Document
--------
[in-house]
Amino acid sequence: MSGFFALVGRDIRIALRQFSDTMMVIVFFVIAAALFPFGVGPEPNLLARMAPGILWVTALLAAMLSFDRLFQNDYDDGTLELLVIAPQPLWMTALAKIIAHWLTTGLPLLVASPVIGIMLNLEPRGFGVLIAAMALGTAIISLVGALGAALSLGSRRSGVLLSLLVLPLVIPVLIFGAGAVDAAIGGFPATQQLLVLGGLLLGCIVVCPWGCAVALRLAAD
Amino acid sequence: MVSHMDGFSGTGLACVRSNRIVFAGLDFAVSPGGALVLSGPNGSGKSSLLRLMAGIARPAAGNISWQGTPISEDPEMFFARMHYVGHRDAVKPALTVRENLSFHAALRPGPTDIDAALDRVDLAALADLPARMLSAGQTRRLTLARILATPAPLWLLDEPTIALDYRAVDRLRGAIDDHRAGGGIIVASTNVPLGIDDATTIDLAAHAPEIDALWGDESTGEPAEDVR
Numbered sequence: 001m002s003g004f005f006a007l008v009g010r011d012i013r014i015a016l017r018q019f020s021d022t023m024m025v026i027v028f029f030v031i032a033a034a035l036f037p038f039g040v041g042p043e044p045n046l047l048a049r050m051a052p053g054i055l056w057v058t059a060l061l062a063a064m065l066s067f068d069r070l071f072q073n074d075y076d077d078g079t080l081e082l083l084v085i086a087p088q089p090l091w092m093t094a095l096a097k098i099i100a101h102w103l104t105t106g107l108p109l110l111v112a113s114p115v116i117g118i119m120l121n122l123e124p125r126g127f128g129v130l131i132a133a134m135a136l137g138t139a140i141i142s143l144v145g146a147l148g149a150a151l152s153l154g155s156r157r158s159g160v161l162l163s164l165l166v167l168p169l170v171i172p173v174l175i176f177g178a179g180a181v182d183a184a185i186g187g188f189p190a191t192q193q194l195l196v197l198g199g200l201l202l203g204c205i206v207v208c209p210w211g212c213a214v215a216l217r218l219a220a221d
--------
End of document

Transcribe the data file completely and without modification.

[in-house]
Amino acid sequence: MSGFFALVGRDIRIALRQFSDTMMVIVFFVIAAALFPFGVGPEPNLLARMAPGILWVTALLAAMLSFDRLFQNDYDDGTLELLVIAPQPLWMTALAKIIAHWLTTGLPLLVASPVIGIMLNLEPRGFGVLIAAMALGTAIISLVGALGAALSLGSRRSGVLLSLLVLPLVIPVLIFGAGAVDAAIGGFPATQQLLVLGGLLLGCIVVCPWGCAVALRLAAD
Amino acid sequence: MVSHMDGFSGTGLACVRSNRIVFAGLDFAVSPGGALVLSGPNGSGKSSLLRLMAGIARPAAGNISWQGTPISEDPEMFFARMHYVGHRDAVKPALTVRENLSFHAALRPGPTDIDAALDRVDLAALADLPARMLSAGQTRRLTLARILATPAPLWLLDEPTIALDYRAVDRLRGAIDDHRAGGGIIVASTNVPLGIDDATTIDLAAHAPEIDALWGDESTGEPAEDVR
Numbered sequence: 001m002s003g004f005f006a007l008v009g010r011d012i013r014i015a016l017r018q019f020s021d022t023m024m025v026i027v028f029f030v031i032a033a034a035l036f037p038f039g040v041g042p043e044p045n046l047l048a049r050m051a052p053g054i055l056w057v058t059a060l061l062a063a064m065l066s067f068d069r070l071f072q073n074d075y076d077d078g079t080l081e082l083l084v085i086a087p088q089p090l091w092m093t094a095l096a097k098i099i100a101h102w103l104t105t106g107l108p109l110l111v112a113s114p115v116i117g118i119m120l121n122l123e124p125r126g127f128g129v130l131i132a133a134m135a136l137g138t139a140i141i142s143l144v145g146a147l148g149a150a151l152s153l154g155s156r157r158s159g160v161l162l163s164l165l166v167l168p169l170v171i172p173v174l175i176f177g178a179g180a181v182d183a184a185i186g187g188f189p190a191t192q193q194l195l196v197l198g199g200l201l202l203g204c205i206v207v208c209p210w211g212c213a214v215a216l217r218l219a220a221d